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Using Try ... Catch constructs in SQL Server 2005 (and higher) to manage transaction control in Stored Procedures

Overview

Both InTouch and Application server scripting has at time had problems dealing with the RAISERROR function in SQL Server and has been known to crash a script on occasion. Since SQL Server 2005 Microsoft introduced the Try ... Catch constructs to SQL Server it makes the handling transaction control (BEGIN ... COMMIT or ROLLBACK TRANS) much easier to manage and more stable in Wonderware. A useful approach in using the Catch part would be to capture any errors thrown by a procedure and log them to the same database while returning their location to the querying script from Industrial Appplication Server.

Resolution

This involves building a table to contain error information and a stored procedure for logging the errors and then calling them from all other stored procedures using the Try .. Catch in database application stored procedures. Example code is as follows:

 

1. Create a Table to contain the transaction errors as follows.

CREATE TABLE [dbo].[ErrorLog](
  [ErrorLogID] [bigint] IDENTITY(1,1) NOT NULL,
  [ErrorDate] [datetime] NULL,
  [ErrorNo] [int] NULL,
  [ErrorSeverity] [int] NULL,
  [ErrorState] [int] NULL,
  [ErrorProcedure] [nvarchar](128) NULL,
  [ErrorLine] [int] NULL,
  [ErrorMessage] [nvarchar](4000) NULL
) ON [PRIMARY]
GO

2. Create a SQL Stored Procedure to log any error messages to the table above as follows.

CREATE PROCEDURE usp_LogErrorInfo
-- ======================================================================
-- Author: JBT
-- Date: 3/1/2008
--
-- Description:
-- Procedure to retrieve error information within the scope of the
-- CATCH block of a TRY ... CATCH construct, which uses the following
-- system functions:
--    - ERROR_LINE() returns the line number at which the error occurred.
--    - ERROR_MESSAGE() returns the text of the message that would be
--      returned to the application. The text includes the values supplied
--      for any substitutable parameters, such as lengths, object names,
--      or times.
--    - ERROR_NUMBER() returns the error number.
--    - ERROR_PROCEDURE() returns the name of the stored procedure or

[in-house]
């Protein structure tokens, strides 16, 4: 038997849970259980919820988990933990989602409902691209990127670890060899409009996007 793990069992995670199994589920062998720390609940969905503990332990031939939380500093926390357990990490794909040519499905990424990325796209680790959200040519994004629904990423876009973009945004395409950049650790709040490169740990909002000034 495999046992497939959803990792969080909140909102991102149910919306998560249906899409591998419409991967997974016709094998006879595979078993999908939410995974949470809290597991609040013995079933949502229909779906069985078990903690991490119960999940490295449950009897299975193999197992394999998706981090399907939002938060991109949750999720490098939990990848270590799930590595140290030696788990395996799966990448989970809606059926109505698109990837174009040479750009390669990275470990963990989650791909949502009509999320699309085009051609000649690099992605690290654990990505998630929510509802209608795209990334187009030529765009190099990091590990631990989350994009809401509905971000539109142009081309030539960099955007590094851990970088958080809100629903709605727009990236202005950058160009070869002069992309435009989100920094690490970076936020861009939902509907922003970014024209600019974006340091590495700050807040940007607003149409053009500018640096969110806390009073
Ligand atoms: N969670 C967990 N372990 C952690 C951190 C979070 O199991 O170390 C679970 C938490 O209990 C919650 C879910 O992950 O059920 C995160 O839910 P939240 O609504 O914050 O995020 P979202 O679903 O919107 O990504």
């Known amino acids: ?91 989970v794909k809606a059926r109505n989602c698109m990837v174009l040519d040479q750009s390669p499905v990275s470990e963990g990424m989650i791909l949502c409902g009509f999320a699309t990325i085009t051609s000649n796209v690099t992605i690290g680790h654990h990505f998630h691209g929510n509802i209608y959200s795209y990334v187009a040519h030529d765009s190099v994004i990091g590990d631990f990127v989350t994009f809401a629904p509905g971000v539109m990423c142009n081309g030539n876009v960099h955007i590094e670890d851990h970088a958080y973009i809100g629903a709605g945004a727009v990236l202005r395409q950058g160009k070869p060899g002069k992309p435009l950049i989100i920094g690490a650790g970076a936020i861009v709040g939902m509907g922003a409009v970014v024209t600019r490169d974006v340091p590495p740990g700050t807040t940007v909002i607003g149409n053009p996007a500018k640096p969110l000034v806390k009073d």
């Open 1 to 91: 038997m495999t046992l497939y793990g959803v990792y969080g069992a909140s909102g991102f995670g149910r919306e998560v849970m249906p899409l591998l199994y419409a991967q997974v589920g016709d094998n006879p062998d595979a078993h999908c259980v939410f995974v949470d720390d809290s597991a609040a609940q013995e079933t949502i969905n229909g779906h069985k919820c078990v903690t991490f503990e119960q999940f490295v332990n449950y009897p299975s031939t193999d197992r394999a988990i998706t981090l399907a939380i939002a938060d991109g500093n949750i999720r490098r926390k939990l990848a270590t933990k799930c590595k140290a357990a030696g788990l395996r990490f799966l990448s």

--      trigger in which the error occurred. This function returns NULL if
--      the error did not occur inside a stored procedure or trigger.
--    - ERROR_SEVERITY() returns the severity.
--    - ERROR_STATE() returns the state.
-- ======================================================================

  @ErrorLogID [int] = 0 OUTPUT
AS
SET NOCOUNT ON;

  INSERT INTO [ErrorLog]
   ( [ErrorDate]
    ,[ErrorNo]
    ,[ErrorSeverity]
    ,[ErrorState]
    ,[ErrorProcedure]
    ,[ErrorLine]
    ,[ErrorMessage])
  SELECT GETDATE(),
    ERROR_NUMBER(),
    ERROR_SEVERITY(),
    ERROR_STATE(),
    ERROR_PROCEDURE(),
    ERROR_LINE(),
    ERROR_MESSAGE()


-- Retreives the last record ID
SELECT @ErrorLogID = @@IDENTITY;

GO

3. The following is an example of how the Try ... Catch constructs would be used with the above.


BEGIN TRY
  -- Generate divide-by-zero error.
  SELECT 1/0;
END TRY
BEGIN CATCH

  -- Execute error retrieval routine.
  DECLARE @ErrID int
  EXECUTE usp_LogErrorInfo @ErrID OUT;
  PRINT 'Error logged in ErrorLog table ... ErrorLogID = ' + CAST(@ErrID AS varchar(10))
END CATCH;
GO


SELECT * FROM ErrorLog
GO

4. Building the SQL Stored Procedures to use the error logging above, as follows.

CREATE PROCEDURE [dbo].[usp_TheAppSP]
-- =================================================================
-- Author: JBT
-- Date: 2/8/2008
-- Modified: 3/1/2008
--
-- Description:
--
-- =================================================================

  @RtnMsg varchar(254) OUT,
  @LotNo varchar(50),
  @LotAmt real
AS
BEGIN TRY
  BEGIN TRANSACTION;

  SET @RtnMsg = 'Success'



  -- ... Your stored procedure SQL content goes here


  IF @@TRANCOUNT > 0
  BEGIN

    --PRINT N'A transaction needs to be Committed. ' + CAST (@@TRANCOUNT AS VARCHAR(3));
    COMMIT TRANSACTION;
  END
END TRY

BEGIN CATCH
  IF @@TRANCOUNT > 0
  BEGIN

    --PRINT N'A transaction needs to be Rolled back. ' + CAST (@@TRANCOUNT AS VARCHAR(3));
    ROLLBACK TRANSACTION;
  END
  DECLARE @ErrID int
  EXECUTE usp_LogErrorInfo @ErrID OUT;
  SET @RtnMsg = 'ErrorLogID = ' + CAST(@ErrID AS varchar(10)) + ' -:- ' + ERROR_MESSAGE()
END CATCH;
GO

5. The following is an example of how the Stored Procedures would be used.

DECLARE @RC int
DECLARE @RtnMsg varchar(254)

EXECUTE @RC = [usp_TheAppSP] @RtnMsg OUTPUT,'9999-999', 1000

PRINT N'ErrCode = ' + @RtnMsg

IF @RC <> 0
BEGIN
  PRINT 'ReturnCode = ' + CAST(@RC AS CHAR)
  SELECT * FROM ErrorLog
END

Enjoy! ... J.B.T.